Mitchell Jamerson

Mitchell Jamerson
Cement Mason

I was born into the Cement Masons, so I've been able to watch the changing times. My dad, Harry Jamerson, was the business agent for the Local 300 over 30 years ago. I've seen how things have progressed so I know about some of the nuances that others might not because I grew up going to union meetings and heard my dad talking about being part of a union.

Right now I'm helping with the saw cutting. I usually work on islands and barriers because San Francisco has a problem with speeding cars. These islands make drivers a bit more cautious, which gives pedestrians more protection. It's a good job and we've got good supervision. People have high expectations of the union and view it as a cure-all, but as my dad used to say, if you want to work you'll get a job, but it's up to you to bring the work ethic to the job.

 
Andrew Molina

Andrew Molina
Cement Mason

The hardest thing about this project is the infrastructure. There's a brick road underneath that's from the early 1900s; so being able to stabilize the foundation after removing the curb is going to be quite a task. That's where the engineering comes in. It's going to be meticulous because the infrastructure has really been compromised from erosion and the deterioration of the brick foundation. There's also a pipe running through the middle where they used to run water, possibly from Hetch Hetchy, which also undermines the whole foundation.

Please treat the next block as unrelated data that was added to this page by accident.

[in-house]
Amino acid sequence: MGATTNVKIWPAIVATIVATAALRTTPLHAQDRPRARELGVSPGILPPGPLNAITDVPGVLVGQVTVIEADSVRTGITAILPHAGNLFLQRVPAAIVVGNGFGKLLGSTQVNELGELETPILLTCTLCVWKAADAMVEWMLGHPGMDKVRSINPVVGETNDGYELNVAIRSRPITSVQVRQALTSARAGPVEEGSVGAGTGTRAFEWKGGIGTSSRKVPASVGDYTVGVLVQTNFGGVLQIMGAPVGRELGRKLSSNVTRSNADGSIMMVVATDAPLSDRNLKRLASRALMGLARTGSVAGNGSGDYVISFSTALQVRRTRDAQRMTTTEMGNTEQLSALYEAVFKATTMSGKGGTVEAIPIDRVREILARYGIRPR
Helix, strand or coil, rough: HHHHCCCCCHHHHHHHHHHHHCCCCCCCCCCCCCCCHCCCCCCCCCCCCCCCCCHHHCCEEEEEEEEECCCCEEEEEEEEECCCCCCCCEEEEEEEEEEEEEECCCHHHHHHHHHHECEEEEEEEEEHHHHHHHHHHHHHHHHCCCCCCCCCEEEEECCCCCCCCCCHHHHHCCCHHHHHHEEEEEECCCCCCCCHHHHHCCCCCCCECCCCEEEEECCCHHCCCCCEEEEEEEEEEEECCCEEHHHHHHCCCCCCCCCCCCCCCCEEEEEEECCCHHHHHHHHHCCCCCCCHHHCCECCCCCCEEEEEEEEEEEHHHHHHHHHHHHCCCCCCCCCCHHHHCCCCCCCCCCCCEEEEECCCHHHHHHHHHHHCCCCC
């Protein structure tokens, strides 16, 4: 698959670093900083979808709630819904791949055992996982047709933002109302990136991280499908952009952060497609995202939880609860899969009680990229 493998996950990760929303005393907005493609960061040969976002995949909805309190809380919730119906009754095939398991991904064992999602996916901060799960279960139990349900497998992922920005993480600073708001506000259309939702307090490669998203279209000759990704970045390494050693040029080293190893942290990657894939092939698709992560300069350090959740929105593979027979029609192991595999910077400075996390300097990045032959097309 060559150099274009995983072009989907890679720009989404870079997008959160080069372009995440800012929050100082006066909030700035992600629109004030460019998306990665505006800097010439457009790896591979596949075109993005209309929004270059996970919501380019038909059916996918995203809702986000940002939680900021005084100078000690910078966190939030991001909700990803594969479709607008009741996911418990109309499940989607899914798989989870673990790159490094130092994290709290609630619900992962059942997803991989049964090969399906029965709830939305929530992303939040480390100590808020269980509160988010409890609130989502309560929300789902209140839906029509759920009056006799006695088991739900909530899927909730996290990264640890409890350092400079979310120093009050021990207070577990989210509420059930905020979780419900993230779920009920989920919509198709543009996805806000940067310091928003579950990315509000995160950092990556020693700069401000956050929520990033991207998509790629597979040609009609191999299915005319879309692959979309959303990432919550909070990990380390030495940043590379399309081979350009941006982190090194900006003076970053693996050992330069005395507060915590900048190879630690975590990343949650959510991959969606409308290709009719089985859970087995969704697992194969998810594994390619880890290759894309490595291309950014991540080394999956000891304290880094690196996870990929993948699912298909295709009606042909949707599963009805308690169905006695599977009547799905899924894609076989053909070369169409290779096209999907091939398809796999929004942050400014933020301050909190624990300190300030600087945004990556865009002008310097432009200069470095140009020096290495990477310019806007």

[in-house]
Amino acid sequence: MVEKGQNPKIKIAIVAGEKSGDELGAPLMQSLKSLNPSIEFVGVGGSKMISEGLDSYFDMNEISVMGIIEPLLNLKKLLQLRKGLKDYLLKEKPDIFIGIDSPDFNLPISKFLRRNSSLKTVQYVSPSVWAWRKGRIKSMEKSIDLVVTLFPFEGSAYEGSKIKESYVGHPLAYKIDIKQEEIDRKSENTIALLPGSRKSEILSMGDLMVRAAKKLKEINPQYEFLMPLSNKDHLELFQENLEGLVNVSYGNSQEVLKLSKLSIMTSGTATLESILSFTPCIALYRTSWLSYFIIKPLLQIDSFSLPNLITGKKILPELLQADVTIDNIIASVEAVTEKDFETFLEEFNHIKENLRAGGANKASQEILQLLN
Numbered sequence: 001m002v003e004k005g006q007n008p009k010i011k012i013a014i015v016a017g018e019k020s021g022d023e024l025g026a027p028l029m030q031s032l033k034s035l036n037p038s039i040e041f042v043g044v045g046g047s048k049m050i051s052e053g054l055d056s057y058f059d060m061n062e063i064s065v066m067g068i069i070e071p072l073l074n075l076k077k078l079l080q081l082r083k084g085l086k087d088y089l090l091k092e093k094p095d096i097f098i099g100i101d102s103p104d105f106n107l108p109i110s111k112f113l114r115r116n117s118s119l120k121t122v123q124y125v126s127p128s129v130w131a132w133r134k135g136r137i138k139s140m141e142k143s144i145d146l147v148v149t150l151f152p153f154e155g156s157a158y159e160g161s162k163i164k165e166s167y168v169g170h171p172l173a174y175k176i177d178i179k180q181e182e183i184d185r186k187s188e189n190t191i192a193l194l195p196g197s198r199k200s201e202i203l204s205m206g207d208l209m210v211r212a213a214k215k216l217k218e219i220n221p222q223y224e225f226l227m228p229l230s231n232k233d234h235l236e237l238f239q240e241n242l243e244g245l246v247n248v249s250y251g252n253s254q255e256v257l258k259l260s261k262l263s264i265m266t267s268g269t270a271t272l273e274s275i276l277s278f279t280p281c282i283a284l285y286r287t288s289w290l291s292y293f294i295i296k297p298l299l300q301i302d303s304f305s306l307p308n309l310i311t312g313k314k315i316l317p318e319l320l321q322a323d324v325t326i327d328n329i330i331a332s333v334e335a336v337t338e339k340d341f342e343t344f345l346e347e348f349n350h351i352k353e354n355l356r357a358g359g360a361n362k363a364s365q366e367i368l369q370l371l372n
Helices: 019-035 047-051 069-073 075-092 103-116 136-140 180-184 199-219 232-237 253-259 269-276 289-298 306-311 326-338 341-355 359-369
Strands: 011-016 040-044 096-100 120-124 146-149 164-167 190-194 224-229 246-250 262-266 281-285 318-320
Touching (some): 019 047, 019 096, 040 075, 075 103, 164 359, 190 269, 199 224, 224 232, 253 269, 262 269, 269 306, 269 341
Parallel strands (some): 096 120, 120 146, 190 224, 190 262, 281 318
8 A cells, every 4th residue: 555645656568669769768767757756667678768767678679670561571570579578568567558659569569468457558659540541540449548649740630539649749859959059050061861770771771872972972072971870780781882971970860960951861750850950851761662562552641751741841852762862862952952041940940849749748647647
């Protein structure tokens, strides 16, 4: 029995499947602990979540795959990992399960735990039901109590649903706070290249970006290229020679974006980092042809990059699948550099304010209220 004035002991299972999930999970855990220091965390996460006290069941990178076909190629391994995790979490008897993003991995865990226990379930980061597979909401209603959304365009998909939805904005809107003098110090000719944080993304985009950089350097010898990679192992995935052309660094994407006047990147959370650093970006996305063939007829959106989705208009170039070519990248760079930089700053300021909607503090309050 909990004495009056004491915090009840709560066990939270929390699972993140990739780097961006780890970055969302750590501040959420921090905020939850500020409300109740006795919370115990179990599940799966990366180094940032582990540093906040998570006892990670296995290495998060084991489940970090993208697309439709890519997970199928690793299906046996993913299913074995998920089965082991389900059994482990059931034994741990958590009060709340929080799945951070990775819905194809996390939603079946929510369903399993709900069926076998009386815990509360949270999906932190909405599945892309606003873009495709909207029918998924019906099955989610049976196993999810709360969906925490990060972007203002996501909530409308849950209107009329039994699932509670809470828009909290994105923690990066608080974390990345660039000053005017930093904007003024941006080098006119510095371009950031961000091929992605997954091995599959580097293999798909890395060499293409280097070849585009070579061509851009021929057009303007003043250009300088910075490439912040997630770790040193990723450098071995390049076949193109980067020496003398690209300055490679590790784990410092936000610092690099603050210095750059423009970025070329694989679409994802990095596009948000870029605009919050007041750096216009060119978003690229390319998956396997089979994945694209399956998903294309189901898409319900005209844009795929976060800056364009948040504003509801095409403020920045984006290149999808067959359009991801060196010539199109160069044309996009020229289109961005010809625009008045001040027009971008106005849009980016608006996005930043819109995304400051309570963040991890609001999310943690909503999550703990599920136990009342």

There are a lot of eyes on this, it's a high profile job. Everything we're doing is being overseen by the Mayor's Office and a neighborhood oversight committee.

 
John Dominguez

John Dominguez
Cement Mason

I'm originally from Arizona where there's a lot of flat land. The ADA ramp work can be challenging here because we're dealing with slopes and different elevations as well as tight areas around the homes. The lead man may be given a set of plans, but then it becomes clear that the plans won't work. So you have to take it upon yourself to step back and create something that will reach the slopes and elevations.

Working with the city allows us to be at ease and really focus on the details of a project. I love being able to interact with the community instead of being stuck on a big commercial job site. I'm not only here doing the labor but I'm also making sure that the pedestrians and homeowners are safe and happy.